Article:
Will, as he grows into adolescence, sees it a bit differently: "To be a Lament was to be a perpetual stranger." In every place to which it moves, the family doesn't quite fit. Howard's career in engineering, which began with great hopes and ambitions -- "It was Howard's dream to design a purification system as magnificent as the Roman aqueducts. A system in which water passed through a complex series of enlarging and diminishing valves using only gravity as a propellant" -- slowly dwindles into frustration and disappointment. The visionary (or lunatic) who lures him to the United States vanishes, and he is without a job. The "man who'd once planned to irrigate the Sahara" now putters around the house, doing odd jobs badly and feeling sorry for himself.

Julia, outspoken and competent, loves her husband but, remembering how he had once "seemed so brilliant and knowledgeable," now realizes that she will have to take matters into her own hands. Not merely are there three children to care for -- faithful, sweet-tempered Will, the mischievous twins -- but there are bills to be paid, and the credit cards are maxed out. She gets a job, struggles to master it and restores a measure of balance to the family. All along, she and Howard "believed that they shared the same course, and followed the same stars."

Meantime Will is trying to figure out who he is. Literally, in the sense that he doesn't look like his parents or brothers (he is "the solitary son between two couples") and therefore wonders if he is in fact adopted; figuratively as well as literally, in the sense that his identity has been blurred by the family's ceaseless wandering and the adjustments he must constantly make to new places and strange people. He sees his family as fragile and vulnerable, and assumes a nurse-like protectiveness toward it; he is "so obsessed with keeping the family together that he can't think about his own future."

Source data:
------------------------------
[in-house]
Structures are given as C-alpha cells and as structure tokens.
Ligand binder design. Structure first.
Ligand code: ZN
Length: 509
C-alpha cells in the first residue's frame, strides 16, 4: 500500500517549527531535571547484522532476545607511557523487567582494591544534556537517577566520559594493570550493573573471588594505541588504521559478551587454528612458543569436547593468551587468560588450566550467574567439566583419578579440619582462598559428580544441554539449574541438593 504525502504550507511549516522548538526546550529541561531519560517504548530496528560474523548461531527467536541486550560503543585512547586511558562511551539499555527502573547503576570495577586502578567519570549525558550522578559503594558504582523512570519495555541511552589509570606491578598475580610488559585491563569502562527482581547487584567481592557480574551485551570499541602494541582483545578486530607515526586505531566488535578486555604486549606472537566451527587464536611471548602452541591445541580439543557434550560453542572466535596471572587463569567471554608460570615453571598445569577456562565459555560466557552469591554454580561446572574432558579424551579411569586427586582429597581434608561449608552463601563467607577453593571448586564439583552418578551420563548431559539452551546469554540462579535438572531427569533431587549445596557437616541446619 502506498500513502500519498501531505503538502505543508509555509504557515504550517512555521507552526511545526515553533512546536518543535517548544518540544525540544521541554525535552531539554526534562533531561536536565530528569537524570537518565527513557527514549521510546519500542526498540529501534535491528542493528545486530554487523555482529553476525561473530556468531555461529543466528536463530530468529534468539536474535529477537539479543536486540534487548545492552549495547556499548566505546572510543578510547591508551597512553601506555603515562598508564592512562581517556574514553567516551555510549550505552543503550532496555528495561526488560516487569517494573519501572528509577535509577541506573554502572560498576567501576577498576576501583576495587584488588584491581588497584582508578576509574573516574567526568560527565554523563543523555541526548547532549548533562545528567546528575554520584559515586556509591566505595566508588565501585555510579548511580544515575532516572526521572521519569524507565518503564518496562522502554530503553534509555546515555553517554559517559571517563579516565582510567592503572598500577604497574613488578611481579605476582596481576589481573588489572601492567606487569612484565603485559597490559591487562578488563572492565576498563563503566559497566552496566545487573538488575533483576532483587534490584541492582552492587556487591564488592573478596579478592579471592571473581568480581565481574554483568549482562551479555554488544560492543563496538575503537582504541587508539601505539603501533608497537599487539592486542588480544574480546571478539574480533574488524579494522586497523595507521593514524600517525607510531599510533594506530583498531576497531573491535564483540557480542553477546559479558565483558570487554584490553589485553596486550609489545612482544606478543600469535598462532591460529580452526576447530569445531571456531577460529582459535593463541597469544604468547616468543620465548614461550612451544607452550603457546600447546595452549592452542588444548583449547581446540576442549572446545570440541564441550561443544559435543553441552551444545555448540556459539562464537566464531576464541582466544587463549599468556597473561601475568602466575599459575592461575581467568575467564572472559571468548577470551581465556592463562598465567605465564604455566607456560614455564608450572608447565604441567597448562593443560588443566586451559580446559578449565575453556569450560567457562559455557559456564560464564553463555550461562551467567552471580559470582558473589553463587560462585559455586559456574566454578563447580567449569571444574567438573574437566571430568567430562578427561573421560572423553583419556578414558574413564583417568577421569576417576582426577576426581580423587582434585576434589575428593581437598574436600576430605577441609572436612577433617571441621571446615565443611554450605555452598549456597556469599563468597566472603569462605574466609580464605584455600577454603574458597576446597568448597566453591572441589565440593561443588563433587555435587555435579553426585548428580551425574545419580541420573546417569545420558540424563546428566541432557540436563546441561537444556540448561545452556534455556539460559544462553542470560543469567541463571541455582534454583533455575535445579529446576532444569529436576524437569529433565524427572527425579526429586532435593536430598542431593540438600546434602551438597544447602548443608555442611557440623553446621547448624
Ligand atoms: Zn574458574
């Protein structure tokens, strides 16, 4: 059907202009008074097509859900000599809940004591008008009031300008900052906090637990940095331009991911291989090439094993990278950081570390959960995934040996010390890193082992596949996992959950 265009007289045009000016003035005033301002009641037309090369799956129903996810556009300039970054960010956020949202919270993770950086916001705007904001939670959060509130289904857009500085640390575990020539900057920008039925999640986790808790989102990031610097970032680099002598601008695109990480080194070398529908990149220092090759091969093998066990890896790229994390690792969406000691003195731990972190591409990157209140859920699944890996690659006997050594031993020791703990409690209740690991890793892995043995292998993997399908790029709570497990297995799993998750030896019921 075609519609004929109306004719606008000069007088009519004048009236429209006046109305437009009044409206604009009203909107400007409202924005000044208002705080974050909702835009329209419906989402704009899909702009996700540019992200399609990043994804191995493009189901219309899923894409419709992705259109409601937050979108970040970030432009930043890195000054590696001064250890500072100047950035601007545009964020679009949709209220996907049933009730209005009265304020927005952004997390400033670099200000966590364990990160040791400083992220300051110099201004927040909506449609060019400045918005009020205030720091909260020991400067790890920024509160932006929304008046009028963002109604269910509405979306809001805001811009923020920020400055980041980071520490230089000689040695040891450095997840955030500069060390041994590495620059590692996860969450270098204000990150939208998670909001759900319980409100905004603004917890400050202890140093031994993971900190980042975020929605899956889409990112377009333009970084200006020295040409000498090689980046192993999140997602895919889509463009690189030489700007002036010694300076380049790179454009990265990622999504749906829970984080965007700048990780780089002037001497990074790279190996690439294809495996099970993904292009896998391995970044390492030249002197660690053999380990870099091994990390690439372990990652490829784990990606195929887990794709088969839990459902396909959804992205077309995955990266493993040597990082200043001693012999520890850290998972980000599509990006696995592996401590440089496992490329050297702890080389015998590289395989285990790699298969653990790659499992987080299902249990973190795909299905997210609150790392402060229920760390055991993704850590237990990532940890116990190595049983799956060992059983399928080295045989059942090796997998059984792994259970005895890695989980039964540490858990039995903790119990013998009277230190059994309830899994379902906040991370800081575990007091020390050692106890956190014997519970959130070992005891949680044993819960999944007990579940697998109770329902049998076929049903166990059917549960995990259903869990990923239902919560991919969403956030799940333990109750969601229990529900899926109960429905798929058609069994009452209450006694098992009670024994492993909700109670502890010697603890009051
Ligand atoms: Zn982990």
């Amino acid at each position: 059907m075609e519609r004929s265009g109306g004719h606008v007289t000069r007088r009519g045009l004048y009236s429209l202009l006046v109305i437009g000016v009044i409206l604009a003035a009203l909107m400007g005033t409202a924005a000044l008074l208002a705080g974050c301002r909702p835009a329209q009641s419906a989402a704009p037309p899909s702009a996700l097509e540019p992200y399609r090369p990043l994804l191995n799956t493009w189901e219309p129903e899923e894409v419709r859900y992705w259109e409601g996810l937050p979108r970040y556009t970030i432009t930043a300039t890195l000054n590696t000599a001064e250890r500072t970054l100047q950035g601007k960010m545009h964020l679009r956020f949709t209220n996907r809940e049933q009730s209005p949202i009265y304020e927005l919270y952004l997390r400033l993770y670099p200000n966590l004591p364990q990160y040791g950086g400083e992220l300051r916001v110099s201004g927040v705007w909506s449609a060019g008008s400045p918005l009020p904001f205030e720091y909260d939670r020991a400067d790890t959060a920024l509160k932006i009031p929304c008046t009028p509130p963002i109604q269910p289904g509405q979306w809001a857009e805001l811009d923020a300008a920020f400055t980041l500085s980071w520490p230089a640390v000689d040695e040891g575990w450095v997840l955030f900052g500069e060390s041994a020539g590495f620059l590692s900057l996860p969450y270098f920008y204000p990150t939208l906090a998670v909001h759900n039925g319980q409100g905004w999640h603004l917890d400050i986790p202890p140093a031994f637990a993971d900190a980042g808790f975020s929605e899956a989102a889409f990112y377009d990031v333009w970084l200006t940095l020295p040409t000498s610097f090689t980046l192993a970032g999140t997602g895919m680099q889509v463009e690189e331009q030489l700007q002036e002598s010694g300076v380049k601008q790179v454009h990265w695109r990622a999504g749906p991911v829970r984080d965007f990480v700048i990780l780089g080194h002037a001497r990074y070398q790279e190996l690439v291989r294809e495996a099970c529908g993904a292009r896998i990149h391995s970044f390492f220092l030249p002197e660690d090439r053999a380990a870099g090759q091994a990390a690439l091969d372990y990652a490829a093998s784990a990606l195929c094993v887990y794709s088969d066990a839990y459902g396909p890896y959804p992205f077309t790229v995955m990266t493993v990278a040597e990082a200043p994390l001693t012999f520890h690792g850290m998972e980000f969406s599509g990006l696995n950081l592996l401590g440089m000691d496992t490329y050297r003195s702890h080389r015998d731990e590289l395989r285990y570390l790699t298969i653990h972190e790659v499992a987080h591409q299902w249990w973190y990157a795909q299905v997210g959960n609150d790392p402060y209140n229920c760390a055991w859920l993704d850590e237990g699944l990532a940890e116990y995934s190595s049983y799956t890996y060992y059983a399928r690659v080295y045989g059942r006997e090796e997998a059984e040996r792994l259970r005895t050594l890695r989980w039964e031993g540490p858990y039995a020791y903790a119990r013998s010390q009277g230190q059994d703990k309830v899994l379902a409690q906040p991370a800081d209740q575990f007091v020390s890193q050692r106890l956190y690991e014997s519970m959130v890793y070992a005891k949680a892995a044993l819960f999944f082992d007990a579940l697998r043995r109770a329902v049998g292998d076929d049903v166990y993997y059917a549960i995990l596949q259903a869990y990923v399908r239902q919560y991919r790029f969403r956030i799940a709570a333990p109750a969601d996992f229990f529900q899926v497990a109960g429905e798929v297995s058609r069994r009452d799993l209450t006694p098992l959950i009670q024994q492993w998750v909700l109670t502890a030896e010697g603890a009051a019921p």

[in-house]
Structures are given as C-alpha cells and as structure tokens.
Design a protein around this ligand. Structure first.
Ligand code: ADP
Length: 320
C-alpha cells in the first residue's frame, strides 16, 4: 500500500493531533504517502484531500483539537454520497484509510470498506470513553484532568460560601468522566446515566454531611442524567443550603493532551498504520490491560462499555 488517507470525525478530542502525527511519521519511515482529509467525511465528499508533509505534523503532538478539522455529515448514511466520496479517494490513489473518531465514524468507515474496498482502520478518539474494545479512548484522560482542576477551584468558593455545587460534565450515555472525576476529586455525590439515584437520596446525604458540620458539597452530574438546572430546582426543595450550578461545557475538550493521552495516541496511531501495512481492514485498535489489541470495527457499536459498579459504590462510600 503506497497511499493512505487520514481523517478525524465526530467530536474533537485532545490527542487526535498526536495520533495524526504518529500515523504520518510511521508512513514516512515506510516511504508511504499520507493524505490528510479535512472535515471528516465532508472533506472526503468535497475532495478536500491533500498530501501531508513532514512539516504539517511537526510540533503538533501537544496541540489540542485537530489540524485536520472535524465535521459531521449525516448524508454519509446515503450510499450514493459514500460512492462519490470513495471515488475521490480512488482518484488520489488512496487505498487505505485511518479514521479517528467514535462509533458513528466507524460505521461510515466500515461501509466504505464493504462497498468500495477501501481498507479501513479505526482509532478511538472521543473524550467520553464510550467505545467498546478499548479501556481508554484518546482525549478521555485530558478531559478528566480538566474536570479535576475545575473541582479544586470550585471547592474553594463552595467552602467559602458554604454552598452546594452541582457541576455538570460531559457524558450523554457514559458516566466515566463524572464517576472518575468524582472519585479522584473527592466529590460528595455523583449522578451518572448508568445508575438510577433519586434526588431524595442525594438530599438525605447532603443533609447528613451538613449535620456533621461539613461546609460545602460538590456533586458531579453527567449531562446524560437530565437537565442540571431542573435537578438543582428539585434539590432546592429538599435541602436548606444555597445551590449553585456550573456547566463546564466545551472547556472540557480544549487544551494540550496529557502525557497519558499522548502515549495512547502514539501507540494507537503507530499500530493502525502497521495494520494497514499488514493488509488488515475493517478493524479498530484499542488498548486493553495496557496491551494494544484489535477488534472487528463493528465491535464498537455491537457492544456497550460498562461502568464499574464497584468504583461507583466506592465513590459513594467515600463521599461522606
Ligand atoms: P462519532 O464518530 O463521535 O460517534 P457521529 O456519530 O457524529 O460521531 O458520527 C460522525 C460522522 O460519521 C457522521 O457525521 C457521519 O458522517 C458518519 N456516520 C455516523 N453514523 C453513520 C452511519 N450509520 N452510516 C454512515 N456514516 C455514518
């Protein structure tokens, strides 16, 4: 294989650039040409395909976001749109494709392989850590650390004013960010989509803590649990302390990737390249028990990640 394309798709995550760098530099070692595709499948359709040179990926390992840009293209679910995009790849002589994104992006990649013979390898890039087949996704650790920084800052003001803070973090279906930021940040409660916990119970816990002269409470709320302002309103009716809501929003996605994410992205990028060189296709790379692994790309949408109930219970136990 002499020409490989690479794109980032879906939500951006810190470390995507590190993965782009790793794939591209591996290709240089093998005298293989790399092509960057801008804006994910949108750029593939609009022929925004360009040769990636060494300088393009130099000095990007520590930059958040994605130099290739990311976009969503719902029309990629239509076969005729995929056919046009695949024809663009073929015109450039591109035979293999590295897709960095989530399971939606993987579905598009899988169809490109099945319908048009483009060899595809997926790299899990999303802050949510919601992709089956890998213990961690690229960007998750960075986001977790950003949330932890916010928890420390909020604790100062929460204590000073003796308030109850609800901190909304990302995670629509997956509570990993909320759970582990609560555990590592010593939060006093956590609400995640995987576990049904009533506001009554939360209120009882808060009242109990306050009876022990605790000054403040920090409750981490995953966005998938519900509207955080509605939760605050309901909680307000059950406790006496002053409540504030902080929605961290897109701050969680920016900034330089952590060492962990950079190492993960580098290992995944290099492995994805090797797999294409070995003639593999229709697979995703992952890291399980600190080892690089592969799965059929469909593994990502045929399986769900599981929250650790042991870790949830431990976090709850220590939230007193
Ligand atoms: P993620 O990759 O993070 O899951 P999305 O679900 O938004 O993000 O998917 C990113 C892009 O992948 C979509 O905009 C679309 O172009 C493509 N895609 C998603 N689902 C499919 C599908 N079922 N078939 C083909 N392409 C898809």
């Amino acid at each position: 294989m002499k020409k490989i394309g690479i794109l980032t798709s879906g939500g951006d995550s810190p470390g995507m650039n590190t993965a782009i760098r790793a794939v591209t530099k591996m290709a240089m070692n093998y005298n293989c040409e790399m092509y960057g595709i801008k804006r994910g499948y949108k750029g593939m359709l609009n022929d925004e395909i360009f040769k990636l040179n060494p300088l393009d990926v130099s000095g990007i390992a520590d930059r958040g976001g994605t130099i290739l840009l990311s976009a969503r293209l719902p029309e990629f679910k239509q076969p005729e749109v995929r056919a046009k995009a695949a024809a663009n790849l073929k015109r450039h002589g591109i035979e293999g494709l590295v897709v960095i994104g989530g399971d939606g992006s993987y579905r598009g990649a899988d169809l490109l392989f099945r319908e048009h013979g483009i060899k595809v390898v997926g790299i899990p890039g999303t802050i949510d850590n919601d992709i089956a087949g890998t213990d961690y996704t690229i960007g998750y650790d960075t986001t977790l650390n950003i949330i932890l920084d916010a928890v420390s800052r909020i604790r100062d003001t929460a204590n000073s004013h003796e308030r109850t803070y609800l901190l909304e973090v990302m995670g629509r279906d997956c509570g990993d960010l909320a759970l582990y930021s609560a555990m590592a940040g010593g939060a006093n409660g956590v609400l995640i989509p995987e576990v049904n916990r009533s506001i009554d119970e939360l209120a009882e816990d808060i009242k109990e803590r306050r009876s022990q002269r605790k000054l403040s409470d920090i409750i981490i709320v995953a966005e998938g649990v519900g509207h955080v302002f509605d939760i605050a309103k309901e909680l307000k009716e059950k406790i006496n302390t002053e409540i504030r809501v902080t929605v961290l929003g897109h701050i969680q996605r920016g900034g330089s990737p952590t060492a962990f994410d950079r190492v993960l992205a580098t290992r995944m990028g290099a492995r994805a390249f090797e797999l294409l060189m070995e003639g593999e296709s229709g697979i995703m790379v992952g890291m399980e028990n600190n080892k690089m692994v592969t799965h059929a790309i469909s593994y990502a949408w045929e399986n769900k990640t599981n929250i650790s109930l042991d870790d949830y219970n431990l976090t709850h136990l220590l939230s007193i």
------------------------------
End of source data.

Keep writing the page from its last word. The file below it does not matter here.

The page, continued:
He is powerfully drawn to girls but doesn't quite know what to do around them and goes through a succession of somewhat improbable attachments. One, to a girl named Sally, ends when the family leaves England for New Jersey. Another, to Marina, ends when the Laments' fortunes take another slide and they have to move to a less expensive house a few miles away. Another, to a flower child named Dawn, ends when Will at last figures out that she's a manipulative, selfish little pill. Not until Minna comes along does he get things more or less right, permitting the book to close on a moderately happy note, albeit one that leaves matters more hanging than resolved.

It's a nice story about familiar and durable matters: family, love, identity, loyalty. George Hagen obviously has a good heart, and he has created people who share that admirable quality. As noted above, the novel reads easily and pleasantly, but once it ends you're left with the sensation of having been on a long journey that never went anywhere in particular. It may be true, as has been said, that it is the journey that matters, not the destination, but somehow that doesn't seem entirely the case with The Laments. *

Jonathan Yardley's e-mail address is yardleyj@washpost.com.